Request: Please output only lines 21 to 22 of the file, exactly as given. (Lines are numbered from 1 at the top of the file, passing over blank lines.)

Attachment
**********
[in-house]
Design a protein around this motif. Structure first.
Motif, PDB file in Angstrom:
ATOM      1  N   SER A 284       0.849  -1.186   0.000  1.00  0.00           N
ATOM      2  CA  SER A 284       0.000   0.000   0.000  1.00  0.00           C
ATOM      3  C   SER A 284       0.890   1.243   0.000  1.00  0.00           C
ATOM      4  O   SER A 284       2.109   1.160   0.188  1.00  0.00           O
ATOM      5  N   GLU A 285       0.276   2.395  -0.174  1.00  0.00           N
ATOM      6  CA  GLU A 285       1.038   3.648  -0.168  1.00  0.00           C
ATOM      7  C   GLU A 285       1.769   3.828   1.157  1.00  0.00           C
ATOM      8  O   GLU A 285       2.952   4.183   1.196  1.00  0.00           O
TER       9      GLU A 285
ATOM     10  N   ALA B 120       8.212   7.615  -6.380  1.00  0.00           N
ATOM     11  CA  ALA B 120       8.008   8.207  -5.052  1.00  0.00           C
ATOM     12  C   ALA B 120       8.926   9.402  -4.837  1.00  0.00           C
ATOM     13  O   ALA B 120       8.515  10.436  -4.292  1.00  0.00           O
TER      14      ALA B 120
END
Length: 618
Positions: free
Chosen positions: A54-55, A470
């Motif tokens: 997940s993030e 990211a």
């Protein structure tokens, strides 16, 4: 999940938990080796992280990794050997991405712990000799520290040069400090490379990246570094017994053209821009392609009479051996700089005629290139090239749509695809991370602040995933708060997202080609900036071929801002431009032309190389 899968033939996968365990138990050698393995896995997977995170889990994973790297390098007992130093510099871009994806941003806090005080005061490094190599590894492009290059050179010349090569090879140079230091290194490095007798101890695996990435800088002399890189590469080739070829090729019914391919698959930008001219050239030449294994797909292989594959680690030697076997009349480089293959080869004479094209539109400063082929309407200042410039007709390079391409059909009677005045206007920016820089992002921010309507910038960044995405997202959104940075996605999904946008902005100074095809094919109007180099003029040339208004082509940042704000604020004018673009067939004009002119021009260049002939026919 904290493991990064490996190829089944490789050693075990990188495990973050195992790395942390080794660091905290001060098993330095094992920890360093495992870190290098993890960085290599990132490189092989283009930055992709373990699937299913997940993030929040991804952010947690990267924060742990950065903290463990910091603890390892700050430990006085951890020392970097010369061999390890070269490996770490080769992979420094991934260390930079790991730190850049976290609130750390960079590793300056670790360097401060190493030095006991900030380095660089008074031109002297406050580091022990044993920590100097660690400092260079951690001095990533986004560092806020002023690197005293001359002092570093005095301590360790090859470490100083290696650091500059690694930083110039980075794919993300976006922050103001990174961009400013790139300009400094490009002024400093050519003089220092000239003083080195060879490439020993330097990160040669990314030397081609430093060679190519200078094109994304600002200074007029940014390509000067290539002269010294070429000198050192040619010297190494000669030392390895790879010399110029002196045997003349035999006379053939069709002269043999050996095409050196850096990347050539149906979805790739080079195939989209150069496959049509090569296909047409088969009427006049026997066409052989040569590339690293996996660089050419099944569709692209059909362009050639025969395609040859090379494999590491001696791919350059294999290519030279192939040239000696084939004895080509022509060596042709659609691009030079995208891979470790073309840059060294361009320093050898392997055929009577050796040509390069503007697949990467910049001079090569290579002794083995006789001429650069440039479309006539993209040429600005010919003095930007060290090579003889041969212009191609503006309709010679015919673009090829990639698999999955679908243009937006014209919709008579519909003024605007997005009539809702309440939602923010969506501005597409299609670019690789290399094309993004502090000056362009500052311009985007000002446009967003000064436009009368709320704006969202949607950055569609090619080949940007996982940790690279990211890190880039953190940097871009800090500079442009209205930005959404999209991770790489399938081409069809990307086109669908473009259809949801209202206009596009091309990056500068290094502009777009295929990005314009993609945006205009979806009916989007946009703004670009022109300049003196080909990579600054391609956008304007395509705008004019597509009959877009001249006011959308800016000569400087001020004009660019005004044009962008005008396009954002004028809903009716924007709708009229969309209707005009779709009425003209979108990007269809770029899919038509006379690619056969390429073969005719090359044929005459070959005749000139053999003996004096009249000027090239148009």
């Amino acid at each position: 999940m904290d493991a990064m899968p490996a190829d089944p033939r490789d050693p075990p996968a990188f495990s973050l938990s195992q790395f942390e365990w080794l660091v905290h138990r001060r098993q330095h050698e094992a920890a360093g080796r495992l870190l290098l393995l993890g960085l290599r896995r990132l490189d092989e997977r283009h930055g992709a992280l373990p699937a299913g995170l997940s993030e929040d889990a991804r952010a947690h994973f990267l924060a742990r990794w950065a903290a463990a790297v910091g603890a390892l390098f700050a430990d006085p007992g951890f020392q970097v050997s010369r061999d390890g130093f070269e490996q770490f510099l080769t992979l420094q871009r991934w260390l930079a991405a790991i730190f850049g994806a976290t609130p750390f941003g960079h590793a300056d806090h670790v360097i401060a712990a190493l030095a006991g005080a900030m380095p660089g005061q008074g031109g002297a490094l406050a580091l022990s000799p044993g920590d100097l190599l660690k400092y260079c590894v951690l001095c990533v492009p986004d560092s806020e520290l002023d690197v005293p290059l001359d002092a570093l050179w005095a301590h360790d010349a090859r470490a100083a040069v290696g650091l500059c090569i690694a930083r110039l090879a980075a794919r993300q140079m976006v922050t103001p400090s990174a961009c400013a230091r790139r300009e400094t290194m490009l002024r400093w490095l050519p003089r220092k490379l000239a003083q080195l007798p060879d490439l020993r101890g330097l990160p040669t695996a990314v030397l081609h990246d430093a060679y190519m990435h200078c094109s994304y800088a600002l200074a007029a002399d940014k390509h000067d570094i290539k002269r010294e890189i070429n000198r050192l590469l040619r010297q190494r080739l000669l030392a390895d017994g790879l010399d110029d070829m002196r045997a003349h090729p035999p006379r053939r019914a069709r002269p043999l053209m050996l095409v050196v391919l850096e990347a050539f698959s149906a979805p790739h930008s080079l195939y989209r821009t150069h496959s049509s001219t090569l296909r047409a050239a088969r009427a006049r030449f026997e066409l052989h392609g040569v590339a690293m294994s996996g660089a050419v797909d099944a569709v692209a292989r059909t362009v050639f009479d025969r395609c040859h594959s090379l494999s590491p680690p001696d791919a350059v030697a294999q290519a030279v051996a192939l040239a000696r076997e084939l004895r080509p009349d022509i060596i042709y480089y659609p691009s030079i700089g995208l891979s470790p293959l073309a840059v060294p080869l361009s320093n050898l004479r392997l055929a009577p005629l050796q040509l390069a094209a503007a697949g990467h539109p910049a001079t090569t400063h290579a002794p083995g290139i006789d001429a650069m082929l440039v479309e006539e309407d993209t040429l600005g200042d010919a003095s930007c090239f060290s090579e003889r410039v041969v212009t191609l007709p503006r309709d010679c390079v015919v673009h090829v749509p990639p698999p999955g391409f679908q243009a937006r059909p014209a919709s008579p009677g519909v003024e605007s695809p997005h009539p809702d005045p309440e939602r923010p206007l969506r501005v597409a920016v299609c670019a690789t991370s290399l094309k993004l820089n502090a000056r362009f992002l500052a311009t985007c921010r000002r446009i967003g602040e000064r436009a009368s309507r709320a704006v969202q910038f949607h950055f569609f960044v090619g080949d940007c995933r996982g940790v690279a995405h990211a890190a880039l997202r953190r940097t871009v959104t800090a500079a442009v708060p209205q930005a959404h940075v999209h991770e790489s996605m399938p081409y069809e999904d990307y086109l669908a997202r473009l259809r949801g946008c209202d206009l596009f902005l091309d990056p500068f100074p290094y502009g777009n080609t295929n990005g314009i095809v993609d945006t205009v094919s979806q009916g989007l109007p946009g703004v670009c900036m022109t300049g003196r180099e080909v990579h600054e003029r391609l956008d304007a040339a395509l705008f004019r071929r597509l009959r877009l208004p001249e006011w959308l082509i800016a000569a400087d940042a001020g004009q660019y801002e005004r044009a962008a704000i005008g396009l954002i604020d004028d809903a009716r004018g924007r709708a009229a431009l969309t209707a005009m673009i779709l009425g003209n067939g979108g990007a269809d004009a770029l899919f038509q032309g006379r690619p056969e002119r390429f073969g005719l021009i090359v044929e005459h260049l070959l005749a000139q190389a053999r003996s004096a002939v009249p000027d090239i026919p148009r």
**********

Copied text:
Chosen positions: A54-55, A470
């Motif tokens: 997940s993030e 990211a």